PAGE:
Royal Navy offshore patrol vessel HMS Medway has set sail for the Caribbean.
The ship left Portsmouth on Monday and will be taking part in anti-drug smuggling operations and humanitarian relief efforts, according to the Navy.
The deployment also focuses on providing "reassurance" to Commonwealth and British Overseas Territories in the region.
The ship's company will spend 10 weeks on board and then four weeks off in rotation.
During the tasking, personnel will be able to go through promotion courses and training, as well as taking leave, due to the amount of crew required being less than the size of the company.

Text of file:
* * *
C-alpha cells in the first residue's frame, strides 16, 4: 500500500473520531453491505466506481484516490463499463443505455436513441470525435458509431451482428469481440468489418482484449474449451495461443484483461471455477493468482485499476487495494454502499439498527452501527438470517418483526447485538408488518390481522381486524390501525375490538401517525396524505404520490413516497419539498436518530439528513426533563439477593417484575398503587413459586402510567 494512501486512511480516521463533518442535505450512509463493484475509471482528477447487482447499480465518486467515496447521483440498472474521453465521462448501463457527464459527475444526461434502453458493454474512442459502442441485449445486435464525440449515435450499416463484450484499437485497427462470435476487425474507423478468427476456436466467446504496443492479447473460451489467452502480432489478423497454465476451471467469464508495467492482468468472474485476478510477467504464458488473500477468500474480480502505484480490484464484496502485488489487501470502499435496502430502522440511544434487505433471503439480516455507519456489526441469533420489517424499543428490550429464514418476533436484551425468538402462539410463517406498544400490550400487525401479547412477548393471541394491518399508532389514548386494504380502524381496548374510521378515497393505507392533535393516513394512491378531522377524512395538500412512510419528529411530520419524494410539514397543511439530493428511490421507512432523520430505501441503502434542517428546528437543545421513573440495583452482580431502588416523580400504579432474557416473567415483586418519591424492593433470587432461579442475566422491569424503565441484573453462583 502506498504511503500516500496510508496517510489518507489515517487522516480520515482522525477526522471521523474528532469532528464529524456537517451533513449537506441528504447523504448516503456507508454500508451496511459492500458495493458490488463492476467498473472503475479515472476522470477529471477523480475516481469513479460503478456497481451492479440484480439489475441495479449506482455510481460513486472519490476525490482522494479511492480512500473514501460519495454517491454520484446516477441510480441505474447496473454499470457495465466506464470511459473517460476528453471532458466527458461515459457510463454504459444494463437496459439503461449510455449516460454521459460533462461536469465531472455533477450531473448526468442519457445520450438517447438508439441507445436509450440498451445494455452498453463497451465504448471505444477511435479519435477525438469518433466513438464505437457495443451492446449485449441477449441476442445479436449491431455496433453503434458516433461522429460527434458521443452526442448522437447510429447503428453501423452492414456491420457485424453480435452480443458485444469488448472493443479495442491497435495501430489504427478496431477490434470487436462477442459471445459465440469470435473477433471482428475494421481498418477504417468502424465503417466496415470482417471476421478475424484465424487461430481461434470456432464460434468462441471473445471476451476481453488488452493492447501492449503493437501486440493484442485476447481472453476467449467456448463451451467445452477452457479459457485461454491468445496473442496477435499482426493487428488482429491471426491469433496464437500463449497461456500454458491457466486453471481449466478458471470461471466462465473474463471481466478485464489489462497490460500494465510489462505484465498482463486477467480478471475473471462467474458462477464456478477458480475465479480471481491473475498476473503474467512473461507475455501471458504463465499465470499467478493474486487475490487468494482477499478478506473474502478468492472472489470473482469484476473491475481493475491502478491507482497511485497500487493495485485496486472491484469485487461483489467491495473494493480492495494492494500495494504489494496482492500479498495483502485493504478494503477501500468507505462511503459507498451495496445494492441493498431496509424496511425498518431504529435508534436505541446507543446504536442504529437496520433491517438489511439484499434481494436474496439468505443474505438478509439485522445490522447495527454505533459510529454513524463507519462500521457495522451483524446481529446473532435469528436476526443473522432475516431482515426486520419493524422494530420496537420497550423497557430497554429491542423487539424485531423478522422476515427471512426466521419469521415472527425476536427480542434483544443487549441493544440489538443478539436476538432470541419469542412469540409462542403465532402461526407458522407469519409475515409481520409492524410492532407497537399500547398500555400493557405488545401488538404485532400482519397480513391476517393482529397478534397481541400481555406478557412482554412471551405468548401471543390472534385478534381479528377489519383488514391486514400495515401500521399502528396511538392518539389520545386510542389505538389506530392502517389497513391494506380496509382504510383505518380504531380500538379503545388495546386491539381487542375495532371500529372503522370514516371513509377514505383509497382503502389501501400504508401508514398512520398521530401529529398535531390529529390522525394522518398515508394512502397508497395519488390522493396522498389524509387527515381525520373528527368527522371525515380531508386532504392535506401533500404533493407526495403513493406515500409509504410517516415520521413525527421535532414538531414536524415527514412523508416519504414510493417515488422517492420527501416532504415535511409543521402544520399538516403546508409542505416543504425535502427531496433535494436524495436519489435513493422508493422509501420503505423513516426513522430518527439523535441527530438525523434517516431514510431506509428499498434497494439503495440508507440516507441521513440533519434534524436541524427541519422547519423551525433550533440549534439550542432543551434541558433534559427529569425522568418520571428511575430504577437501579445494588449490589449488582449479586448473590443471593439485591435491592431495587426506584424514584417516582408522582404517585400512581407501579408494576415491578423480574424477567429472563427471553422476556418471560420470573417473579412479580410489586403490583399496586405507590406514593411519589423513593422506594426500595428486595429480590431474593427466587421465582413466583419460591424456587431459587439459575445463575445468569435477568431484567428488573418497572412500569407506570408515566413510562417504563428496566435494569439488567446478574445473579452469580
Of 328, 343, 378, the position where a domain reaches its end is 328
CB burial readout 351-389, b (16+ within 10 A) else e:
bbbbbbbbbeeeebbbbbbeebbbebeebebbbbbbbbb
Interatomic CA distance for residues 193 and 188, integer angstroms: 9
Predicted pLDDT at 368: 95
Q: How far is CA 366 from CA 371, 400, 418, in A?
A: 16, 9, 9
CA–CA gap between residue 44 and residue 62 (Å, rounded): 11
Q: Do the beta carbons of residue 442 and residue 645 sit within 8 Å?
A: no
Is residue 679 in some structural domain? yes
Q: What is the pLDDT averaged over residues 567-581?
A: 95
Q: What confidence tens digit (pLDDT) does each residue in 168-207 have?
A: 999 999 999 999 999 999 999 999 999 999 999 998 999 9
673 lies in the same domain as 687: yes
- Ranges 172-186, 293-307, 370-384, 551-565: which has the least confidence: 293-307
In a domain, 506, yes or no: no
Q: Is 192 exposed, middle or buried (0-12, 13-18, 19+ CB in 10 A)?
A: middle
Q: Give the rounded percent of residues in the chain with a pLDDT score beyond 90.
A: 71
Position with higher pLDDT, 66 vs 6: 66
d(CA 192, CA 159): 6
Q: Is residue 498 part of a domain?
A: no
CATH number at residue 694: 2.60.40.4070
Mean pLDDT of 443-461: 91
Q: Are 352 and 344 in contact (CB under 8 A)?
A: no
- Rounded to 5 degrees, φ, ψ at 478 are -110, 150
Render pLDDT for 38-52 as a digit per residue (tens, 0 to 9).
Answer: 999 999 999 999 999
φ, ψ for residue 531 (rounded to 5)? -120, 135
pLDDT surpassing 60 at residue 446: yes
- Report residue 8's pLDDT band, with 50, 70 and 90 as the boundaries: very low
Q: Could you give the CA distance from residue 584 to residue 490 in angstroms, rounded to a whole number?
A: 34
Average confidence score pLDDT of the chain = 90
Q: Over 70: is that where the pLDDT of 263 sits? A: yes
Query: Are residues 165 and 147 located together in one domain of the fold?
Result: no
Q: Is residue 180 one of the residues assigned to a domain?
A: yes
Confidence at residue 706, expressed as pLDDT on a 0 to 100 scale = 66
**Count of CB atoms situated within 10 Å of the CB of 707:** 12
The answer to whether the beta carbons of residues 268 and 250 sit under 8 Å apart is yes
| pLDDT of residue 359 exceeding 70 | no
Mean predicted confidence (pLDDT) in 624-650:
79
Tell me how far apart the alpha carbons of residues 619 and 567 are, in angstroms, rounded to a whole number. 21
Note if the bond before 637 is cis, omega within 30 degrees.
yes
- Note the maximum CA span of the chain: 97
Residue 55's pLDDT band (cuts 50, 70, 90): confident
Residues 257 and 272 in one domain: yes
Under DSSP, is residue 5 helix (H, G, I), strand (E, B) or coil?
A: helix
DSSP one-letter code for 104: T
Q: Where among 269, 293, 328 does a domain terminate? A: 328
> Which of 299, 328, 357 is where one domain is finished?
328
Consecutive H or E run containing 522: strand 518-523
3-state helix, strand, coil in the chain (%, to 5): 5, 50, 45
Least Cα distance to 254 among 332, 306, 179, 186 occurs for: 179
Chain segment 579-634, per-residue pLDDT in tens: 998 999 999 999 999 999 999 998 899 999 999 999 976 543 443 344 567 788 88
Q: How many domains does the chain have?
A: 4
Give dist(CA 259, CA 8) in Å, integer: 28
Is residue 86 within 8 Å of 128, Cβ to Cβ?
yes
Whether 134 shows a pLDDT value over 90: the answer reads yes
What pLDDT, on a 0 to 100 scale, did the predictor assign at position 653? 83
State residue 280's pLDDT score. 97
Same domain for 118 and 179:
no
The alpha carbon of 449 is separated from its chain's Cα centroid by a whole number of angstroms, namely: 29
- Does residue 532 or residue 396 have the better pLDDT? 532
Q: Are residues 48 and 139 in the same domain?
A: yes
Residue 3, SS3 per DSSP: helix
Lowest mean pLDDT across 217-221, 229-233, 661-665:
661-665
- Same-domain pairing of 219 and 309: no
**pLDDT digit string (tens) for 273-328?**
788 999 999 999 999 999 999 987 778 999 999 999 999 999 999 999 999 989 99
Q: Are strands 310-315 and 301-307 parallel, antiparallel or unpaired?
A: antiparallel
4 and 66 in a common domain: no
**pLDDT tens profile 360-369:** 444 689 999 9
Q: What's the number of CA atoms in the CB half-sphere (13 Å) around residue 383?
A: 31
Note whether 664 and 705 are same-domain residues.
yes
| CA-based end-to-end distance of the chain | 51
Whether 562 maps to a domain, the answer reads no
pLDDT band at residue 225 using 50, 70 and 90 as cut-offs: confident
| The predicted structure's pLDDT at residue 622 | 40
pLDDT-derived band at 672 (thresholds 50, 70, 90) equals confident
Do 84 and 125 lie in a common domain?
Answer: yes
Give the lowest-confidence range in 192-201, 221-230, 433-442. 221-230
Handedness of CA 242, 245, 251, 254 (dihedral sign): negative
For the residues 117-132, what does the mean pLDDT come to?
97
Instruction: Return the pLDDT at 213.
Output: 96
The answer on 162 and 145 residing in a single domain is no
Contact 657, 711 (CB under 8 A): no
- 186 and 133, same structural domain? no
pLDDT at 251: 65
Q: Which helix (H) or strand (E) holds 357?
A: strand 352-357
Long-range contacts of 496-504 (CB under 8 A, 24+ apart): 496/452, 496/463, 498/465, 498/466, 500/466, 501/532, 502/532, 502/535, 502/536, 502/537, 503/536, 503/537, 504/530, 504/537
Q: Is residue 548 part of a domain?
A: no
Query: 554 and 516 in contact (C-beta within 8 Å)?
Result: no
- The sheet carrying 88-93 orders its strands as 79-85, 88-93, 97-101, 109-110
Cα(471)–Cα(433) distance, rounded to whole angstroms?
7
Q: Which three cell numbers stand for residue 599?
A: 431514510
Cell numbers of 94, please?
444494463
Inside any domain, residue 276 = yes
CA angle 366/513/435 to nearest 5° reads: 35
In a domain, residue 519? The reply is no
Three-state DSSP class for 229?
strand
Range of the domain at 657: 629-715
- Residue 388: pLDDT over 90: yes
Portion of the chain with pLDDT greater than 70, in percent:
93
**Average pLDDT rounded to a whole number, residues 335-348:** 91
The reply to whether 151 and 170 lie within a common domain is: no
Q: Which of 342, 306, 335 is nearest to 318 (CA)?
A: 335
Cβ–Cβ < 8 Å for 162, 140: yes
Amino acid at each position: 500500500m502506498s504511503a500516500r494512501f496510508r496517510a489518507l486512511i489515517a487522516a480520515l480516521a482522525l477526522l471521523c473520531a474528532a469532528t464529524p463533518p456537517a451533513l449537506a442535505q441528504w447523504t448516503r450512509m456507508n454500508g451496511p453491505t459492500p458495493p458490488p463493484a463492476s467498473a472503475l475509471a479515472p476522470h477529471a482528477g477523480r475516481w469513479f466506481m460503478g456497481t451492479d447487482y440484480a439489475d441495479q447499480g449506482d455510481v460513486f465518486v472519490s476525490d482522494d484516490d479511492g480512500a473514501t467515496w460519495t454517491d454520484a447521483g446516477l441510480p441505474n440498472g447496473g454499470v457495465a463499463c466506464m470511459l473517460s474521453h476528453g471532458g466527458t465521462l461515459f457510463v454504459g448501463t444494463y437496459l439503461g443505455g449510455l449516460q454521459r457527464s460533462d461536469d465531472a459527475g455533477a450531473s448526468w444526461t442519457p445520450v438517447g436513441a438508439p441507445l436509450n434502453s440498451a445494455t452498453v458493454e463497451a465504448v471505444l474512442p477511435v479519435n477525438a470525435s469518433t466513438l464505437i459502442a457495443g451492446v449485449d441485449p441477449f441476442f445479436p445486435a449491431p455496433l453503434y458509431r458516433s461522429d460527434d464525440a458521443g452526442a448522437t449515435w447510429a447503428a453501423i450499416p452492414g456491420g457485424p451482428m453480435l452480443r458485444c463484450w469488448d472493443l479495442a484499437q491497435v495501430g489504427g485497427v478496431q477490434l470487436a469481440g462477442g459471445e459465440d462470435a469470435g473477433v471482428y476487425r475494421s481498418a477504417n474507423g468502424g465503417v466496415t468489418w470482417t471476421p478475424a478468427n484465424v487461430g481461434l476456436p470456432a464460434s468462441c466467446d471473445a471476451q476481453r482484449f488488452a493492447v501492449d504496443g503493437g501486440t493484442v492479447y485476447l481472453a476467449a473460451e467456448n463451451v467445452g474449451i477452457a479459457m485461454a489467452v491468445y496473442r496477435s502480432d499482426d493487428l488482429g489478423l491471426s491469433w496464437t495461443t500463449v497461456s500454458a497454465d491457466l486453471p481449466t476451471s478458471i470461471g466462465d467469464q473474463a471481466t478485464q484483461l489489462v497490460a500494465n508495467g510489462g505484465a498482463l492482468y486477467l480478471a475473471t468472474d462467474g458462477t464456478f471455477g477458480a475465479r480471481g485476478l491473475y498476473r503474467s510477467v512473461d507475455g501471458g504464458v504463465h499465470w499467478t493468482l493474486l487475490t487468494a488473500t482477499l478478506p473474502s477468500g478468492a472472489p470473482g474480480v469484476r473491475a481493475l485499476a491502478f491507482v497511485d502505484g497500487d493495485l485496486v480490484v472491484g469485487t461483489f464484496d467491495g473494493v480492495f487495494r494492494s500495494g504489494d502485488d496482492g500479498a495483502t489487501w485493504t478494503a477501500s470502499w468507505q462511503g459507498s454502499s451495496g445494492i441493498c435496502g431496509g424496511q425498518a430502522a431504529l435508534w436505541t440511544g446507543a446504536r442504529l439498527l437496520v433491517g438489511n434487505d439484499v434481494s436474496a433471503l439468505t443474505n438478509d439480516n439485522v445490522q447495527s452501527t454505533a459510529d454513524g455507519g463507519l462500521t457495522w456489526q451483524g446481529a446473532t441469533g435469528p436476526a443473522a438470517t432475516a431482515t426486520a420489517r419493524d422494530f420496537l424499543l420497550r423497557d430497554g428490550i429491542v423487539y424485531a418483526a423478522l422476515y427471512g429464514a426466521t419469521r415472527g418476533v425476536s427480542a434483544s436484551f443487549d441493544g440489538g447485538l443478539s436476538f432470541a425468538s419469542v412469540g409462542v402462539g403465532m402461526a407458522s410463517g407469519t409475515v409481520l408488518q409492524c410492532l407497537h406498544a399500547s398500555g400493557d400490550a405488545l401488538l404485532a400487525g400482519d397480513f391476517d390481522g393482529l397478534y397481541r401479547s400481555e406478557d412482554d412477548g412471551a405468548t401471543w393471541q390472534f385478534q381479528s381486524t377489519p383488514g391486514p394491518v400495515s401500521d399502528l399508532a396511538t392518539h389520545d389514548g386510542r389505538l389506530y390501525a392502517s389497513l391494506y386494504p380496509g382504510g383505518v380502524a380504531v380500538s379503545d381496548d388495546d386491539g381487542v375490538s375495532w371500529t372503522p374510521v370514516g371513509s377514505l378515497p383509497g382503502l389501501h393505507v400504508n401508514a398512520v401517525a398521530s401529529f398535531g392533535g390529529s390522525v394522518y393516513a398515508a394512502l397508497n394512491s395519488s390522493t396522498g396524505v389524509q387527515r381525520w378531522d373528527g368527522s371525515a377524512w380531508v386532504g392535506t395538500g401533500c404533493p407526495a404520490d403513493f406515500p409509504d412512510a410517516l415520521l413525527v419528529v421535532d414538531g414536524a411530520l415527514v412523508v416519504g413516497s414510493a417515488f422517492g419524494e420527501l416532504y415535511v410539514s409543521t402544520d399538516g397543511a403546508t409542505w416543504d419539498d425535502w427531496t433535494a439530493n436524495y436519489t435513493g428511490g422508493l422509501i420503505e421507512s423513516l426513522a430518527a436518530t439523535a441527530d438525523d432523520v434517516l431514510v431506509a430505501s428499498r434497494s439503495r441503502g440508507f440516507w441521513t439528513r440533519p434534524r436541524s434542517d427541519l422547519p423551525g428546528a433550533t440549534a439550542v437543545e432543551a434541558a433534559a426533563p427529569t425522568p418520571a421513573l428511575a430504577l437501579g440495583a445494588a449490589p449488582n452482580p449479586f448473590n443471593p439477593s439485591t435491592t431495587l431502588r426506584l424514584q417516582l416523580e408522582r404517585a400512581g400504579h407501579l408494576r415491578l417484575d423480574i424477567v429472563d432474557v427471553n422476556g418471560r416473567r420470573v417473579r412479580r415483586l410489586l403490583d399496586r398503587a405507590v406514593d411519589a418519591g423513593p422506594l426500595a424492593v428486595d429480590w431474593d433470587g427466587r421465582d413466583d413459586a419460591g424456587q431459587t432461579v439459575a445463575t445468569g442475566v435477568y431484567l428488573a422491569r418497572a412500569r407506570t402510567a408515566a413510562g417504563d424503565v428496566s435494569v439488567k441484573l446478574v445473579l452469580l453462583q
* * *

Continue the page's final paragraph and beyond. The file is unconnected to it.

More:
HMS Medway is the second of the Navy's new River-class vessels to depart for this type of patrol, after HMS Forth began a deployment in the Falkland Islands earlier this month.
"It has taken an extraordinary effort to get Medway ready to deploy," Commanding Officer, Commander Ben Power said.
"Since leaving Scotstoun in June last year we have conducted the fastest generation of a surface ship in recent memory."
HMS Medway is taking over from RFA Mounts Bay as the Atlantic Patrol Tasking (North) ship.
RFA Mounts Bay, that is designed for amphibious landing operations, has been on patrol in the region for nearly three years – most recently helping with the aftermath of Hurricane Dorian in the Bahamas.
Cover Image: HMS Medway left Portsmouth Naval Base on Monday (Picture: Royal Navy).